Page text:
By Elinor Mills
Sixteen people were arrested in the United States today in connection with hacking attacks by the Anonymous group of online activists, as well as one person in the U.K. and four people in the Netherlands, the U.S. Department of Justice said.
An indictment filed last week in San Jose, Calif., names 14 people accused of conspiring to intentionally damage protected computers at PayPal last December in retribution for PayPal suspending WikiLeaks’ account to prevent supporters from donating to the whistleblower site.
The arrests were made in Alabama, Arizona, California, Colorado, the District of Columbia, Florida, Massachusetts, Nevada, New Mexico, and Ohio, the Justice Department said. The defendants were expected to make initial appearances throughout the day in federal courts in their areas.
In two other separate indictments, a Sarasota, Fla., man was arrested on charges of intentionally damaging a protected computer for allegedly accessing the Web site of InfraGard Tampa Bay, an FBI partner, in June. The complaint alleges that he released instructions on how to exploit the Web site.
Another man was arrested in Las Cruces, N.M., for allegedly stealing confidential business information from AT&T servers and posting it publicly in April. The defendant, who works as a customer support contractor for AT&T at outsource provider Convergys, is charged with accessing a protected computer without authorization for allegedly downloading thousands of documents, applications, and other files and then posting them on the Internet, the indictment says. The LulzSec hacking group publicized the release of those documents on June 25, according to the filing.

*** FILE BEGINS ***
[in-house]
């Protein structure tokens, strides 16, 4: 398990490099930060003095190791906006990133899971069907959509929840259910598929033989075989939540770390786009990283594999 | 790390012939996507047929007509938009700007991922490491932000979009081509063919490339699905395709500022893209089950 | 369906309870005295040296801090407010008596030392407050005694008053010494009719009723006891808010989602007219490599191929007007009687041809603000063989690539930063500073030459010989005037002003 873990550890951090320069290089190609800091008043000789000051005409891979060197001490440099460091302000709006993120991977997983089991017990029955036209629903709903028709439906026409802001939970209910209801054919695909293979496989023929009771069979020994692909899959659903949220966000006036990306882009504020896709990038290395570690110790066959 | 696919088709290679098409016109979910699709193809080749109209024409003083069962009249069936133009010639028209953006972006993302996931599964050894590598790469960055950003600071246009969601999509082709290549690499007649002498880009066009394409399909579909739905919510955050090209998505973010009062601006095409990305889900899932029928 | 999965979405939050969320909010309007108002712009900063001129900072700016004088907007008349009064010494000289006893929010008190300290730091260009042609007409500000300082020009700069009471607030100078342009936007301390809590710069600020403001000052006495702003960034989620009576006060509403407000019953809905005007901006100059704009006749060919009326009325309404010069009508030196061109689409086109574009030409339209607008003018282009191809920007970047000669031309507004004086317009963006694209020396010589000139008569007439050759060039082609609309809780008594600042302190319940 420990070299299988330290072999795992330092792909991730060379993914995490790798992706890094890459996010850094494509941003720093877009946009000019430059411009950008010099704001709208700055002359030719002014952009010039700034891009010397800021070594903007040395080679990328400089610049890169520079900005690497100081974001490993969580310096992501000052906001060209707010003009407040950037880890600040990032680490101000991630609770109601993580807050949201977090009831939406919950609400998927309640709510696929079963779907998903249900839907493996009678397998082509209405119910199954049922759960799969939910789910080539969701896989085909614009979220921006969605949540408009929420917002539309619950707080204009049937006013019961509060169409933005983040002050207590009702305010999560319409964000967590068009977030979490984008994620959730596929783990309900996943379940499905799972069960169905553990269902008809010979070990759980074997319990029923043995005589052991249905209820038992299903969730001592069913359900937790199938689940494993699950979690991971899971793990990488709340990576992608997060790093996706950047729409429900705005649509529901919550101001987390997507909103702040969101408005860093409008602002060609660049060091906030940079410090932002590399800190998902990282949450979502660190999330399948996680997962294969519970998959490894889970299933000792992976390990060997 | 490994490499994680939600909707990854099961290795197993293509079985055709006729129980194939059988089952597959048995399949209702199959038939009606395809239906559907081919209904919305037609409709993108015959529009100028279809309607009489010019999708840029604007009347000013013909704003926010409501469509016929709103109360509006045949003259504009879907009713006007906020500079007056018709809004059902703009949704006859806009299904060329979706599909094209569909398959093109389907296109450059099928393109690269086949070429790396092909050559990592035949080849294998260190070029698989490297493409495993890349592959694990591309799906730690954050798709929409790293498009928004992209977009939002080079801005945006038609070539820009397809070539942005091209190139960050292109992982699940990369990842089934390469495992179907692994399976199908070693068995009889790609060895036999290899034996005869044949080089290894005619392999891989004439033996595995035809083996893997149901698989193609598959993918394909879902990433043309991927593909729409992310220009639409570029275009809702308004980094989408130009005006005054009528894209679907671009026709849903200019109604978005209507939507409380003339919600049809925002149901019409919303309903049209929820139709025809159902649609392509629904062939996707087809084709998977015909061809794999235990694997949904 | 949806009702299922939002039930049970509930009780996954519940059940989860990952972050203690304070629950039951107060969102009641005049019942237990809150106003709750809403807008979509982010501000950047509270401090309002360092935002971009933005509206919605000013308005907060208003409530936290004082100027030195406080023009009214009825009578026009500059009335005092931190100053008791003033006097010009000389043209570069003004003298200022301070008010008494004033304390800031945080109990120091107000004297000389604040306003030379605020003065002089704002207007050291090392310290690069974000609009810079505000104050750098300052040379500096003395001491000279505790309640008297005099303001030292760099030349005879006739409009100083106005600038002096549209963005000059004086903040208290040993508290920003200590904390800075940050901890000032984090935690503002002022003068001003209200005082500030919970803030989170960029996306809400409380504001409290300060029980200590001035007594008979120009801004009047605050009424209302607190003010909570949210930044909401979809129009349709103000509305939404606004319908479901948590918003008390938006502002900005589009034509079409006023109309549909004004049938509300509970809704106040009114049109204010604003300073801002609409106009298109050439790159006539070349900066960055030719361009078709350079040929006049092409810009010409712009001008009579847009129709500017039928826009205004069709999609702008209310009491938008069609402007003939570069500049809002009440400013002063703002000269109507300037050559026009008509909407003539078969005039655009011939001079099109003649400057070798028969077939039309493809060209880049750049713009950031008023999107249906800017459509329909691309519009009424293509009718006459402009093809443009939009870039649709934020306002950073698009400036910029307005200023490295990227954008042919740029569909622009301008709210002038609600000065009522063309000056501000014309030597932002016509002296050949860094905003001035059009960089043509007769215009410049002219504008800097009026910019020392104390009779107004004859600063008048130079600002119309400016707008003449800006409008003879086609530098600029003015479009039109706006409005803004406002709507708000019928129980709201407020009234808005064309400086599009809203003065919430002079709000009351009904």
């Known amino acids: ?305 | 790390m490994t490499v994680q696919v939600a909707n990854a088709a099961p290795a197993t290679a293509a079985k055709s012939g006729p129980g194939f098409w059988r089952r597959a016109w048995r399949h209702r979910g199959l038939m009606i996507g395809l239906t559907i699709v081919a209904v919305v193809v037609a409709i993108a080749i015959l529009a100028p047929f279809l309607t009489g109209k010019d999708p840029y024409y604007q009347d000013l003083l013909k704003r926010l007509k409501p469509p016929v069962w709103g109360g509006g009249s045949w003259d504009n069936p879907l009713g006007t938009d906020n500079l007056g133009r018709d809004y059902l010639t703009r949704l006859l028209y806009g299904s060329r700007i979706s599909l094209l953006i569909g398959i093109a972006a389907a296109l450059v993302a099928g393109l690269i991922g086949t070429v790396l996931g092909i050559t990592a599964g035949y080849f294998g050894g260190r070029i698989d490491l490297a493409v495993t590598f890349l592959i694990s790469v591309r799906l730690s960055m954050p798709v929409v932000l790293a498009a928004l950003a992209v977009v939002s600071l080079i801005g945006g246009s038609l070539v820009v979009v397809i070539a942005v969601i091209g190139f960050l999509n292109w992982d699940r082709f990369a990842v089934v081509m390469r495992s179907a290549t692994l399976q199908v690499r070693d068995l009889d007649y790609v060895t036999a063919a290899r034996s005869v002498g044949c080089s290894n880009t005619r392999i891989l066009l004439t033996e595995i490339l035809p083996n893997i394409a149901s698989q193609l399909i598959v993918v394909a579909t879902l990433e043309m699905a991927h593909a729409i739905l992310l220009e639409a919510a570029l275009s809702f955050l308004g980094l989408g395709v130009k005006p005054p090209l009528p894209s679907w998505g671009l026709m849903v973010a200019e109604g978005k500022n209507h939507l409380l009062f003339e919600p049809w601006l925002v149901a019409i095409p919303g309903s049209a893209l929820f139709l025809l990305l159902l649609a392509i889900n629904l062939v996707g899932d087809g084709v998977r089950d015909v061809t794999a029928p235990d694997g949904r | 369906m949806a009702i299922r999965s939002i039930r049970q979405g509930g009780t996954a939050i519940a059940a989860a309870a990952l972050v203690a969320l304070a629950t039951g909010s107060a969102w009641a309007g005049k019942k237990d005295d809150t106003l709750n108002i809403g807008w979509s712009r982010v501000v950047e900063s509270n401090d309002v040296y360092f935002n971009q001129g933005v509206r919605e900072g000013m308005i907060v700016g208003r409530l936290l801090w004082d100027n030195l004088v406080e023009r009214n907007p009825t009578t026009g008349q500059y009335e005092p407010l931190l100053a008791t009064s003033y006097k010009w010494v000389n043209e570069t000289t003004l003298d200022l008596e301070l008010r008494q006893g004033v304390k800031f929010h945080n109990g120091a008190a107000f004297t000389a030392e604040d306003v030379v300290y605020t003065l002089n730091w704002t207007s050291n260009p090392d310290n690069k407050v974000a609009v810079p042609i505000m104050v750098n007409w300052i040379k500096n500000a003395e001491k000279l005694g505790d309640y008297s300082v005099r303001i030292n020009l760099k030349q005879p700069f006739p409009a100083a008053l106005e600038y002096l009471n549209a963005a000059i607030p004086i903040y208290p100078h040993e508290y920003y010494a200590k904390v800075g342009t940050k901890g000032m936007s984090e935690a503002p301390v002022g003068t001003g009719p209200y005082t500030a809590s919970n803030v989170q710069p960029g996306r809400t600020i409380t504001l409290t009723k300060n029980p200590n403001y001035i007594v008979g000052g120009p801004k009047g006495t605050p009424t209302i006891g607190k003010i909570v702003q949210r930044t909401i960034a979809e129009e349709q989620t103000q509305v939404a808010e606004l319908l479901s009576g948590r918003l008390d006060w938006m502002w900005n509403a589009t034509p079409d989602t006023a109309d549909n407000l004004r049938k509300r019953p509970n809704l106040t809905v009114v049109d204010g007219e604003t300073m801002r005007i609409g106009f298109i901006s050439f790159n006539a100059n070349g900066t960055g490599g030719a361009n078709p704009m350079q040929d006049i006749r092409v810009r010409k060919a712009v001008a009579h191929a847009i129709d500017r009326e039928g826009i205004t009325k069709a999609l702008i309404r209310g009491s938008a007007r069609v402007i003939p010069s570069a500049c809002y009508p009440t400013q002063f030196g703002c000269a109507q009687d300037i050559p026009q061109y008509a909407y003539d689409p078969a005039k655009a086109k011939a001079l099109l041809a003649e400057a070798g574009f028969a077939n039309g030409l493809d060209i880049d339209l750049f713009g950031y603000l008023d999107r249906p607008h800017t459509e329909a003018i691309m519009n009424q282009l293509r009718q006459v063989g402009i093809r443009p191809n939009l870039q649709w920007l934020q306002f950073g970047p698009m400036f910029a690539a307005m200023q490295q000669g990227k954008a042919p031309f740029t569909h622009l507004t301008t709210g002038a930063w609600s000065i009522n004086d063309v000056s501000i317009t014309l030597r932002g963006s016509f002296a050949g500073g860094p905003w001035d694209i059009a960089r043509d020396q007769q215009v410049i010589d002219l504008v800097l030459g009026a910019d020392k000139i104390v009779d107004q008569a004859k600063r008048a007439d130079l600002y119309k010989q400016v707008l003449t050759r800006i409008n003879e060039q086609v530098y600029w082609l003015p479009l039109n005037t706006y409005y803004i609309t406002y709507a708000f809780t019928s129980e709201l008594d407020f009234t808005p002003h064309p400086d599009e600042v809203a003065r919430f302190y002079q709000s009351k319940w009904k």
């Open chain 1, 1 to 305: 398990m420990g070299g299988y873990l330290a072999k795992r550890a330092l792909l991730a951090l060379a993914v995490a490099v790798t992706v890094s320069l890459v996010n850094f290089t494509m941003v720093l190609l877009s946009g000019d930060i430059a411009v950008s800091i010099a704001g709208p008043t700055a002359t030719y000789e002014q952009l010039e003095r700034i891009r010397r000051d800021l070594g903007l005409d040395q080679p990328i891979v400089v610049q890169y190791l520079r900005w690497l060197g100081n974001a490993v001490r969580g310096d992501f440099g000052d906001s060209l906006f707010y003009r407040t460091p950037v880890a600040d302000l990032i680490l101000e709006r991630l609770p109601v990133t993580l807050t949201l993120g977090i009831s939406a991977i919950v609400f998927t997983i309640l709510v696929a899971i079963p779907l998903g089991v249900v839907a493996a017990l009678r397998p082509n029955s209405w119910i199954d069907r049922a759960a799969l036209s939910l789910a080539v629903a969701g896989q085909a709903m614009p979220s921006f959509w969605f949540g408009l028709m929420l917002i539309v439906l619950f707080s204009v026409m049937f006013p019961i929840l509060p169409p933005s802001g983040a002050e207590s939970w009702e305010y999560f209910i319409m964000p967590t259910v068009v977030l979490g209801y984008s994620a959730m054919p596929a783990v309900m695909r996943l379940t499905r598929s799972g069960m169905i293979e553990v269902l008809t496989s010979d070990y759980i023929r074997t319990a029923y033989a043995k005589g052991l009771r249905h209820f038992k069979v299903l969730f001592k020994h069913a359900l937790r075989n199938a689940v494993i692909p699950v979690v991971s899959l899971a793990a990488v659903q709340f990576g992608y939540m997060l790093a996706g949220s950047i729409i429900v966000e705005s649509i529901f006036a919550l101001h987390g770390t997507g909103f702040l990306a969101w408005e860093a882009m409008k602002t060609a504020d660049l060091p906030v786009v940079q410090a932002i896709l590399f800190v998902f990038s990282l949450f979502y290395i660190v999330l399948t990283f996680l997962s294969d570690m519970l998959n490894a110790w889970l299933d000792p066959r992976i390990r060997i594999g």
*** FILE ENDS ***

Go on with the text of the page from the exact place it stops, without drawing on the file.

The arrests of the defendants, who range in age from 20 to 42, followed the execution of more than 35 search warrants throughout the country by the FBI as part of its investigation into hacking attacks coordinated by the Anonymous online activist group, officials said. More than 75 searches have taken place in the U.S. to date as part of the investigations, the Justice Department said.
The charge of intentional damage to a protected computer carries a maximum penalty of 10 years in prison and a $250,000 fine; each count of conspiracy carries a maximum penalty of 5 years in prison and a $250,000 fine, the Justice Department said.
Meanwhile, a 16-year-old was arrested in London who goes by the hacker handle “Tflow” and is believed to be a key member of LulzSec, Fox News reported.
And on news aggregation site Reddit, someone with the handle “reallyjay” reported that 20 FBI agents with guns drawn raided his or her house with a search warrant today believing that the owner’s son had participated in the Anonymous attack on PayPal. “I think they were surprised (really?) that I knew about Anonymous. When they questioned my son, he admitted to downloading LOIC [Low Orbit Ion Cannon DDoS software] and fooling around with it for awhile. He does not know if he left it running for any amount of time,” the Reddit user wrote. “Why would they spend all this time, energy, and funds to get a kid who was trying to be cool and follow Anon without knowing any of the consequences? What do I do to protect him? What can I expect? They seized two desk top computers.”